We were finding that the UN was calling victims and telling them that they must come to headquarters. When some of the women explained that they didn’t want to be seen at the base, or maybe they wanted to do this in a more discreet way, the UN didn’t seem to be accommodating.

Why did these victims decide to speak to you?

They’re the people that have gone past shame because their community already knew. They had already been ostracized. They had nothing to lose. They simply didn’t know how to report their cases or where to turn and so they wanted as much help as possible.

The father of one young girl we spoke to, she was called Daniella, she’d been raped as a little girl by French peacekeepers. He was taking Daniella around with him to his neighbors because Daniella had suffered absolute stigma. She was absolutely ostracized from her community as a little girl for being raped. Her father was a really enlightened, forward thinking strong man, [and he] took her from neighbor to neighbor explaining why Daniella should hold her head up high and why the community should support her.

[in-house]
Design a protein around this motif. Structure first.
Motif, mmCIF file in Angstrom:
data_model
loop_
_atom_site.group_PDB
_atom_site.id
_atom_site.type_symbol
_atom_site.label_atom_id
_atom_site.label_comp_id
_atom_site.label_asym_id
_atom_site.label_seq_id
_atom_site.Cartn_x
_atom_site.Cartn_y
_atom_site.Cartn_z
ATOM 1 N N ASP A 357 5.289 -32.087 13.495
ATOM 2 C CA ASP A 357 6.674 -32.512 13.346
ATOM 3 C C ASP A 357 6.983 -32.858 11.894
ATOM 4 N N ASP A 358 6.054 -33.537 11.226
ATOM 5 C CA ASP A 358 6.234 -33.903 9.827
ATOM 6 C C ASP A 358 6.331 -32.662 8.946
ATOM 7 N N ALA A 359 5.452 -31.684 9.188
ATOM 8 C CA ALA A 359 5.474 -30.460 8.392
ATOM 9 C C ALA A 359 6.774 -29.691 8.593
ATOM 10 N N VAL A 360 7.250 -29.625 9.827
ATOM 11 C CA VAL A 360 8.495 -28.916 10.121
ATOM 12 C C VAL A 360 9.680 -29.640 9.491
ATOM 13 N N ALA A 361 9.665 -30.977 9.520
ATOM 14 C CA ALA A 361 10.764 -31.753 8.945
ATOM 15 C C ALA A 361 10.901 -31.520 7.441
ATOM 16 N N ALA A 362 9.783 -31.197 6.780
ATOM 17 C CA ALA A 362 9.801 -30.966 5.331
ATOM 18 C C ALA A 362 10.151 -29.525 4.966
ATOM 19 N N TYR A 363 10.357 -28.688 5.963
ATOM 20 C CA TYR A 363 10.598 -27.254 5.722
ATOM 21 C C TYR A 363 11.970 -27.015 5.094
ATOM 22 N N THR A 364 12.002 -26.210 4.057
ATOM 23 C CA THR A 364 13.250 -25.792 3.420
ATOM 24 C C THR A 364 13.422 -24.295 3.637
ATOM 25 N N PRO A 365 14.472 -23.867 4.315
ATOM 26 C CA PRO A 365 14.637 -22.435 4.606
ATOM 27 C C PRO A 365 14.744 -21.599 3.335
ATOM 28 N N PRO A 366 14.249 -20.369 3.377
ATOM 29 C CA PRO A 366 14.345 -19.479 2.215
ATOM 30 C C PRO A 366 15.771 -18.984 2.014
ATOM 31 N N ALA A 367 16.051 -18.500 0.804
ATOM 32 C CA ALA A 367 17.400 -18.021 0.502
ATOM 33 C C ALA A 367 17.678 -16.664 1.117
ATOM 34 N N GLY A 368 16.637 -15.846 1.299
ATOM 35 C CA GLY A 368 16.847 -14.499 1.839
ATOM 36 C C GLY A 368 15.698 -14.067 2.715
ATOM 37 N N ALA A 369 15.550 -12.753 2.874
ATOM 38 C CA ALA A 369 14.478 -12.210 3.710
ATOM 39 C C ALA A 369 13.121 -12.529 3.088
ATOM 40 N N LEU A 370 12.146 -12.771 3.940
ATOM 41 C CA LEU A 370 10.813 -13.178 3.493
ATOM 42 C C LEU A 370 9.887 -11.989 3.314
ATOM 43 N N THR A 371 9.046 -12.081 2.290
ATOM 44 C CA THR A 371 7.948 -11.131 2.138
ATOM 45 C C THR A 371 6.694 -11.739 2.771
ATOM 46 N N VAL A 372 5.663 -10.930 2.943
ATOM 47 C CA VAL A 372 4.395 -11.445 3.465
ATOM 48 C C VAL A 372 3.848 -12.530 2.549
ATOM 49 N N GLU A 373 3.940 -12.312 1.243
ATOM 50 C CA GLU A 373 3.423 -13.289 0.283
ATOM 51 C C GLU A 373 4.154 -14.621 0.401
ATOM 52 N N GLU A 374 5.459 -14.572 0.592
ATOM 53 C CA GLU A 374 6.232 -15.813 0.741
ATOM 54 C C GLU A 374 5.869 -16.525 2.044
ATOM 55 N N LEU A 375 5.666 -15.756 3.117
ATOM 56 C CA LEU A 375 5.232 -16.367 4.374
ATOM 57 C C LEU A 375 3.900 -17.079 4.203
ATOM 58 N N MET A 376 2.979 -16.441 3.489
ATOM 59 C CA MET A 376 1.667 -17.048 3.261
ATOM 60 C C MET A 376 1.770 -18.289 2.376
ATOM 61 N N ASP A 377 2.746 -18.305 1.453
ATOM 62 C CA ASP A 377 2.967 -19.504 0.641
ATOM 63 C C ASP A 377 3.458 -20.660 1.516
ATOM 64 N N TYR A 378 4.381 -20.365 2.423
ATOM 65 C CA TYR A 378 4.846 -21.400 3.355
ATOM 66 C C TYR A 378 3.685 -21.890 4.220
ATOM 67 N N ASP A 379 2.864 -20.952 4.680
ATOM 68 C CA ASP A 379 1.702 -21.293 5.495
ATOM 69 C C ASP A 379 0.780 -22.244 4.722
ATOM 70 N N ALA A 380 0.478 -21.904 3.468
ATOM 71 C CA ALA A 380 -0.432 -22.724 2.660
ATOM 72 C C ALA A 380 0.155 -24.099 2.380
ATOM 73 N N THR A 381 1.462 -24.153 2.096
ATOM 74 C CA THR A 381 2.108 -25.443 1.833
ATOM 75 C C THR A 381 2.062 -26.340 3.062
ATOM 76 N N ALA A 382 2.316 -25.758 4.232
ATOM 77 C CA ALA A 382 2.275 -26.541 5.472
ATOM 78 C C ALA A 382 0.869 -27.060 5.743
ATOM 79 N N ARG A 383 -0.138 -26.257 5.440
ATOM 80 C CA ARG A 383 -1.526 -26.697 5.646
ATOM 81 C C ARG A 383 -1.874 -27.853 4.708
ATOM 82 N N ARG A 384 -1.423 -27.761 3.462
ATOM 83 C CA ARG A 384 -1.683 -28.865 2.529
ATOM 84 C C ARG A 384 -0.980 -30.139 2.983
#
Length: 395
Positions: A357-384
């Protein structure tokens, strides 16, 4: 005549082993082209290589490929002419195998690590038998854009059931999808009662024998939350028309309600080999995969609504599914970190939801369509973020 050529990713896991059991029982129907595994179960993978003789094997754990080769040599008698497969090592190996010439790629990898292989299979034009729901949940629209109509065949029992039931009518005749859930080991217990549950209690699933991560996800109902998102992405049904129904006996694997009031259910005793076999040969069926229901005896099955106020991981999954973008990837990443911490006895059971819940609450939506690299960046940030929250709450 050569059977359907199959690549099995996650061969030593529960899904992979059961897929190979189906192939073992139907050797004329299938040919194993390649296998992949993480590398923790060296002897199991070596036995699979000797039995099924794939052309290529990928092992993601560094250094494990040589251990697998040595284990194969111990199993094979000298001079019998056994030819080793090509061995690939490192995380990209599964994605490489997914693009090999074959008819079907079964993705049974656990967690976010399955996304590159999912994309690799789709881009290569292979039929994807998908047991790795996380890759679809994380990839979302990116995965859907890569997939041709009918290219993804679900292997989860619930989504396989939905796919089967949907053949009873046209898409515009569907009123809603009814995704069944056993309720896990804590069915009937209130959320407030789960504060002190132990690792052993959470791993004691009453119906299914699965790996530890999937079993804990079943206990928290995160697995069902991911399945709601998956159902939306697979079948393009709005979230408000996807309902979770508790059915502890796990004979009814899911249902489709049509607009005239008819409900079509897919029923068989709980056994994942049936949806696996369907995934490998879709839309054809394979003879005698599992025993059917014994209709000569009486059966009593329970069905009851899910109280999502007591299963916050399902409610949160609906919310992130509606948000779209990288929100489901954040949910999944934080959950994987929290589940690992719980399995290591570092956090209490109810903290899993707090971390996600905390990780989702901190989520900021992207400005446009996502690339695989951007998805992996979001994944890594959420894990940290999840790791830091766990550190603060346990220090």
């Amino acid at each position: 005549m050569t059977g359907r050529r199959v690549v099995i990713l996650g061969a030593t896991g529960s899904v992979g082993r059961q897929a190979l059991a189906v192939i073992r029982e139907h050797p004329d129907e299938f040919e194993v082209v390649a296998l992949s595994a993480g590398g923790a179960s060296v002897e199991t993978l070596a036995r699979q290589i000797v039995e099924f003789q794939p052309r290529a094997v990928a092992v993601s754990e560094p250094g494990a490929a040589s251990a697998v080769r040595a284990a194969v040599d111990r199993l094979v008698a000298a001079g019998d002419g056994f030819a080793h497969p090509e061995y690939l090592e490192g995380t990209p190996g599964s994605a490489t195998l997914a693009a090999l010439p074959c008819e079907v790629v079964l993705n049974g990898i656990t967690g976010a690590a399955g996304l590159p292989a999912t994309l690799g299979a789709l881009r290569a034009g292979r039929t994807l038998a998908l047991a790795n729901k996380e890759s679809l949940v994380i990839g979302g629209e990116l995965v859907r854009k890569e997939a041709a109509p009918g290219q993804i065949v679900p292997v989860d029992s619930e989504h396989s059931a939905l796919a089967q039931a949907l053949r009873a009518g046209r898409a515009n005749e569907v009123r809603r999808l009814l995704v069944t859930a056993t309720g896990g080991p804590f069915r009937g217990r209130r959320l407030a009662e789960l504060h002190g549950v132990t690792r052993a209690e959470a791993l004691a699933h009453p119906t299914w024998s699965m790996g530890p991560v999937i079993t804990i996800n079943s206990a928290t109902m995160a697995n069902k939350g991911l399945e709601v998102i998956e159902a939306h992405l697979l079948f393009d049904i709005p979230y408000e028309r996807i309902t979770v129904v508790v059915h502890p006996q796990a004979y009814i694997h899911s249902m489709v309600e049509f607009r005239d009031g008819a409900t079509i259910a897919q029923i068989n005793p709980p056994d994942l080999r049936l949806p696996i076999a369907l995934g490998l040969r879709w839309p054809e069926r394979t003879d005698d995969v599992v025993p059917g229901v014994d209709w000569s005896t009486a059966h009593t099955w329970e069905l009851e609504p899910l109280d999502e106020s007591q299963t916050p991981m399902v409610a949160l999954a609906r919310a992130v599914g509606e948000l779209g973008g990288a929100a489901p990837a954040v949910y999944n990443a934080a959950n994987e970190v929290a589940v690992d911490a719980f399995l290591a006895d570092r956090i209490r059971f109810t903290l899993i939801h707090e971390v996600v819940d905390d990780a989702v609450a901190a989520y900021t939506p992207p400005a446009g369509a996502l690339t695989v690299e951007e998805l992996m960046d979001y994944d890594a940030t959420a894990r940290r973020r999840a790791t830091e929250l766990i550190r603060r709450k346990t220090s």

For him, it was really important to talk out and let the world know what was happening. That his daughter had been raped and nobody had been in touch with him. He had received no help, no compensation, and he had no idea what had happened to these peacekeepers.

The film opens with a woman named Annie who said she was given a dollar by a peacekeeper from South Africa after he raped her. Others also recounted being given small sums after experiencing abuse. What are the power dynamics at play?